After retirement from medical practice, Dickinson collaborated with sculptor Abram Belskie on teaching models of conception, fetal development, and birth, some which were exhibited at the 1939 World’s Fair in New York, New York. The models were later featured in Dickinson's teaching book, Birth Atlas. The sculptures “Norma” and “Normman” were a product of their collaboration as well. Books published by Dickinson include A Thousand Marriages, Control of Conception, and Atlas of Human Sex Anatomy. In 1946 Dickinson received the Albert and Mary Lasker Foundation award for his work in human fertility.

Dickinson traveled extensively during his life and in addition to medical illustration, he maintained a studio, drawing for his own pleasure and creating illustrations unrelated to medicine, primarily landscapes. He was a joint author of New York Walk Book. In 1890, Dickinson married Sarah Truslow. The couple had three children, Margaret (who predeceased Dickinson), Dorothy, and Jean. Sarah died in 1938 and Dickinson died in 1950 at age 89 of pleurisy.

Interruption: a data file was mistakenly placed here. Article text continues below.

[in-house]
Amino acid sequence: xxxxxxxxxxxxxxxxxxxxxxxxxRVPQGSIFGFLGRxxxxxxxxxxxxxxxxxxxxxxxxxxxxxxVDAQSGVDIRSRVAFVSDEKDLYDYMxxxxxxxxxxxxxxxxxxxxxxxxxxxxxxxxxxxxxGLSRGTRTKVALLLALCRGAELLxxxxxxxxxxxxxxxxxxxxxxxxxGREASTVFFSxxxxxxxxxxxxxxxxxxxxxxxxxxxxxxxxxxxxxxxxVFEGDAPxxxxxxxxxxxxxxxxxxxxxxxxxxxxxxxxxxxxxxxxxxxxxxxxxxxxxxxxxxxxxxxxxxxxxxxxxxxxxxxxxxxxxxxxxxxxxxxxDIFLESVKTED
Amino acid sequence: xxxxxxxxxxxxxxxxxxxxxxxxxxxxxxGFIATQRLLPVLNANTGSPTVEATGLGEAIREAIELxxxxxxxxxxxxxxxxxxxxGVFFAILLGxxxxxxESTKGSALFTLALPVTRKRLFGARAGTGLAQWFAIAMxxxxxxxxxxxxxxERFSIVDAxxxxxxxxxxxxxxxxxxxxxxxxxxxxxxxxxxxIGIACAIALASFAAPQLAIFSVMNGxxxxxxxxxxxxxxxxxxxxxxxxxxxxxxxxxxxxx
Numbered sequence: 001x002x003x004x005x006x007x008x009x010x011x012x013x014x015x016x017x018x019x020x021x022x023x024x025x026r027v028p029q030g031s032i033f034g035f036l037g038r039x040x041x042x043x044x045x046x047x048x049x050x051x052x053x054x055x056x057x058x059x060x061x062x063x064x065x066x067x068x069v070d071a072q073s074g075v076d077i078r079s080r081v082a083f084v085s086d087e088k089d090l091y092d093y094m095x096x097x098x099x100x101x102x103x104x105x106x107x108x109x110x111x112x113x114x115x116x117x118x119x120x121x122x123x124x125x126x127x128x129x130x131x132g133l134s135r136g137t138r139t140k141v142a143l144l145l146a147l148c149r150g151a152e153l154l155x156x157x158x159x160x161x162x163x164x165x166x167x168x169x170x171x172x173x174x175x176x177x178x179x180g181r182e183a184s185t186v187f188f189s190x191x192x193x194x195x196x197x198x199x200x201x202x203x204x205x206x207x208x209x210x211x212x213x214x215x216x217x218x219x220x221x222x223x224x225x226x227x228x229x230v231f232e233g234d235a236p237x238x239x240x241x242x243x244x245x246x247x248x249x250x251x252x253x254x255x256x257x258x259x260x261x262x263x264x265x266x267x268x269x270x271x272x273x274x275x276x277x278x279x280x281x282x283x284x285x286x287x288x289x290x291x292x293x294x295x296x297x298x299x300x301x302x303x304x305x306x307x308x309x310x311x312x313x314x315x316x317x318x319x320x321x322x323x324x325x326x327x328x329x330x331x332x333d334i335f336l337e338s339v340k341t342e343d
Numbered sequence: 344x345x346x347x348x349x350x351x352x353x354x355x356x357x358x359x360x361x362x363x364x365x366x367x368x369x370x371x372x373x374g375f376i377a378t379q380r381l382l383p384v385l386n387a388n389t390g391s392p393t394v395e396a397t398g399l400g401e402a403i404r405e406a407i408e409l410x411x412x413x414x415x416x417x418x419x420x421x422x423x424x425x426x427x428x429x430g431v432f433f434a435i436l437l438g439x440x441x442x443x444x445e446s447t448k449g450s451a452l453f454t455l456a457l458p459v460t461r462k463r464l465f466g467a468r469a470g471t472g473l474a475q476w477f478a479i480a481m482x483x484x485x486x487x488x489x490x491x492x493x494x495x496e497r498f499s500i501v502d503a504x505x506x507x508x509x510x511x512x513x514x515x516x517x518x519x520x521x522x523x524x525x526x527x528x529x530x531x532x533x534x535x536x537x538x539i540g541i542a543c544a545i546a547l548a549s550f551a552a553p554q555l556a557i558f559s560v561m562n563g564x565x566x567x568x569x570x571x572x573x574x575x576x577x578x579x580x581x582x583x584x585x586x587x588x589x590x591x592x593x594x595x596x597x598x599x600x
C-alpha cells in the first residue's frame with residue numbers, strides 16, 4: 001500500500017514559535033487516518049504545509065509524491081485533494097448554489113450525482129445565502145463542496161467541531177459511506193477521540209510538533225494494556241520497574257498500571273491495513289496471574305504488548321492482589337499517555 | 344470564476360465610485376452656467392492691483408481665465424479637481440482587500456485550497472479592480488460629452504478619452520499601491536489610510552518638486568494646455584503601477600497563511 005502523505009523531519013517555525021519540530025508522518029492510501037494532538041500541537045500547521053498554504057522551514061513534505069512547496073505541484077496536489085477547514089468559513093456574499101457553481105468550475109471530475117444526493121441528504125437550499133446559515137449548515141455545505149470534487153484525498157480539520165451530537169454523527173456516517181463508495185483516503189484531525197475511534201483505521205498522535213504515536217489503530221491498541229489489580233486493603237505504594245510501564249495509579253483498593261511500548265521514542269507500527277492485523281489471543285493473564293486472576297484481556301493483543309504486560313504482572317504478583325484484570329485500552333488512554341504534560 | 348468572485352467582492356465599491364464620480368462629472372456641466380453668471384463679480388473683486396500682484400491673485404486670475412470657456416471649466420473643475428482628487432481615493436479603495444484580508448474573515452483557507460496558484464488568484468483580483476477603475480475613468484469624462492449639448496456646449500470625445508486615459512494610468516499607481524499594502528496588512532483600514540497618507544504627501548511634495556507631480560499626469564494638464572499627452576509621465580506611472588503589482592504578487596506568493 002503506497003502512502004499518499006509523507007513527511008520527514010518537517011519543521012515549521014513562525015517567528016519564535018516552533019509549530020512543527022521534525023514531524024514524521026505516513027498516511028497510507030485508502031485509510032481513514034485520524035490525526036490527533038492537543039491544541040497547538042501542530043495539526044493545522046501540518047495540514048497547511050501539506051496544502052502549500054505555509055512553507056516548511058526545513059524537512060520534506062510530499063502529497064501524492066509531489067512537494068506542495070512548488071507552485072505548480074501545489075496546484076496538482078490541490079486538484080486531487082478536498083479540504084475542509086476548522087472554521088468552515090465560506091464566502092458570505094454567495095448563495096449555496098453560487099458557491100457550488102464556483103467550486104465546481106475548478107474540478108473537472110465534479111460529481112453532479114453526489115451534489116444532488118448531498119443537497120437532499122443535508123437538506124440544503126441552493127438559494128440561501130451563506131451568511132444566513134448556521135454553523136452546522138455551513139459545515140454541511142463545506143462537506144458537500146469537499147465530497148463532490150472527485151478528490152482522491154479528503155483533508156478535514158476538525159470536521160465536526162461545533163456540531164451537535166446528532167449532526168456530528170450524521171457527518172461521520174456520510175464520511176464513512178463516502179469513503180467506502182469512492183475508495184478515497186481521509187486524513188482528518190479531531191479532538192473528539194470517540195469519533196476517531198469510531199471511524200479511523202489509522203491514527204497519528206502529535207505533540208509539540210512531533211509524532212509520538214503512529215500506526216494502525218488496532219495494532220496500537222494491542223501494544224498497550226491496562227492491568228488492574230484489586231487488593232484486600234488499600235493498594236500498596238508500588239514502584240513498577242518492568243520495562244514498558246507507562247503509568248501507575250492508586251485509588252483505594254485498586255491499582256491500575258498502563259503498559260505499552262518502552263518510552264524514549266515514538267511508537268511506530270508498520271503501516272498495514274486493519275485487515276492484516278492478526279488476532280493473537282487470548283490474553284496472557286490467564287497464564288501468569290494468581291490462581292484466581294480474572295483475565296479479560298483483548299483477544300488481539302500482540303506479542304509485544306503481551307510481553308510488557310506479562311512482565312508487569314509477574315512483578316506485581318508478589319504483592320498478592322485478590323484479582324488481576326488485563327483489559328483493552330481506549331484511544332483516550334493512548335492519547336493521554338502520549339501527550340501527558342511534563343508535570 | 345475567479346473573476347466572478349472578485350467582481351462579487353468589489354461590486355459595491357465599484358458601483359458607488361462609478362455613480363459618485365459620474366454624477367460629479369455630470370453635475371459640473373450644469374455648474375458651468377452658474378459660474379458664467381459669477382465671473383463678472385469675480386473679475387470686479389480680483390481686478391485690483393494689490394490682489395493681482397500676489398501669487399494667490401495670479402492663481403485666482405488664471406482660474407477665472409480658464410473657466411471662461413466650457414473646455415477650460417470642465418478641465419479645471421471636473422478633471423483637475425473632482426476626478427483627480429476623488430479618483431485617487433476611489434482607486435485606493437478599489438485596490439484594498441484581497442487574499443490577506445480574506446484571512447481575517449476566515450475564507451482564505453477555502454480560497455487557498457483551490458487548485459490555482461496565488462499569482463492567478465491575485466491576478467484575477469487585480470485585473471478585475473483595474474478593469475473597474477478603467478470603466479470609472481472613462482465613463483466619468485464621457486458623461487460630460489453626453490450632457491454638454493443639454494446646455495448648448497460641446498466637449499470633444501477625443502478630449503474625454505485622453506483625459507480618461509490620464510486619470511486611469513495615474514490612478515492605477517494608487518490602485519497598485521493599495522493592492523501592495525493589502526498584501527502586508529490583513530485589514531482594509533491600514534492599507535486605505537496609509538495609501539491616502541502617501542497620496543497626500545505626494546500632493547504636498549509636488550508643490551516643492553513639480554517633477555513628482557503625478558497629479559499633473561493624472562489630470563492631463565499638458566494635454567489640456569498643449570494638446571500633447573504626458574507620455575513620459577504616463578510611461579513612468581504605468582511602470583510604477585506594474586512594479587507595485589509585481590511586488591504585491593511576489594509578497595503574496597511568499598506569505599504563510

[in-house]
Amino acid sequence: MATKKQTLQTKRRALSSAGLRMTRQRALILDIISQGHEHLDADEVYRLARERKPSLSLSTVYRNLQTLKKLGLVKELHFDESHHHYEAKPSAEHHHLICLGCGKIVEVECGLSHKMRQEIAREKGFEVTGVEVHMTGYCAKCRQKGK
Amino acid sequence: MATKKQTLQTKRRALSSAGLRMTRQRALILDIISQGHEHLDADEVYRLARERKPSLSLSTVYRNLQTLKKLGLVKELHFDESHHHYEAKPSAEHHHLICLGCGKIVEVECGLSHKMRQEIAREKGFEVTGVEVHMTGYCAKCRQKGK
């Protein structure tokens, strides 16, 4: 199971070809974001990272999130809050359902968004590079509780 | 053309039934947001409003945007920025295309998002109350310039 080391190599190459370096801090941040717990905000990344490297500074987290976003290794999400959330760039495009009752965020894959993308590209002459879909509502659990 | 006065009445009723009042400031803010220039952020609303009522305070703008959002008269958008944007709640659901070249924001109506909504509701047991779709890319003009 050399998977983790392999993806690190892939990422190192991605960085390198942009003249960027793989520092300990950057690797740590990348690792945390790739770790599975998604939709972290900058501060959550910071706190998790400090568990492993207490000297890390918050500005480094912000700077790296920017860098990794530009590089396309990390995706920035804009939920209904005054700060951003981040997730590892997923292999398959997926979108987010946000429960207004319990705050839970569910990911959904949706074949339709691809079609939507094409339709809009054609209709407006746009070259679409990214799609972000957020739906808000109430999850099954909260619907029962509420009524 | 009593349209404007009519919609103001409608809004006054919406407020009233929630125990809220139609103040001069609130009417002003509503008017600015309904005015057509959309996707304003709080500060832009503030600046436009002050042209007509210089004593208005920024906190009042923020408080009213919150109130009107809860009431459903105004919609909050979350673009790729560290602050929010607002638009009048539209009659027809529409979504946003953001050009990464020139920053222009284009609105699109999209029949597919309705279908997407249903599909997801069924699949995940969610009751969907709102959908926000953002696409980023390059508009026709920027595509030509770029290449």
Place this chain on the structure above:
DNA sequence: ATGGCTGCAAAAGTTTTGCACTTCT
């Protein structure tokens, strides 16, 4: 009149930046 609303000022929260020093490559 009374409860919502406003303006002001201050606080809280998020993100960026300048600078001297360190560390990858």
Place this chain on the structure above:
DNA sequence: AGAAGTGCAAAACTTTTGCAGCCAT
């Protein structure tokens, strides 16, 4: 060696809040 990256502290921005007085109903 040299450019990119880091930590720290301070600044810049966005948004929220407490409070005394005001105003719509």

Series and Subseries in the Collection

  1. I. Correspondence, 1881-1972, undated.
  2. ___ A. Professional Correspondence, 1881-1972, undated.
  3. ___ B. Personal Correspondence, 1887-1951, undated.
  4. II. Research Records, 1883-1950, undated.
  5. ___ A. Case Histories, 1883-1950, undated.
  6. ___ B. Subject Files, 1901-1950, undated.
  7. III. Writings, 1887-1960, undated.
  8. ___ A. Doctor as Marriage Counselor, 1912-1960, undated.
  9. ___ B. Publications, 1887-1950, undated.
  10. ___ C. Books, 1923-1950, undated.
  11. IV. Biographical Records, 1896-1972, undated.
  12. ___ A. Diaries, 1906-1950, undated.
  13. ___ B. Obituaries and Related Correspondence, 1950-1960.
  14. ___ C. Unpublished Biography, 1960-1972.
  15. ___ D. Photographs, 1896-1946, undated.
  16. V. Medical Illustrations, Artwork, Slides, and Plaster Reliefs, 1933, 1956, undated.
  17. ___ A. Medical Illustrations, undated.
  18. ___ B. Artwork, 1933, 1956, undated.
  19. ___ C. Slides, undated.
  20. ___ D. Plaster Reliefs, undated.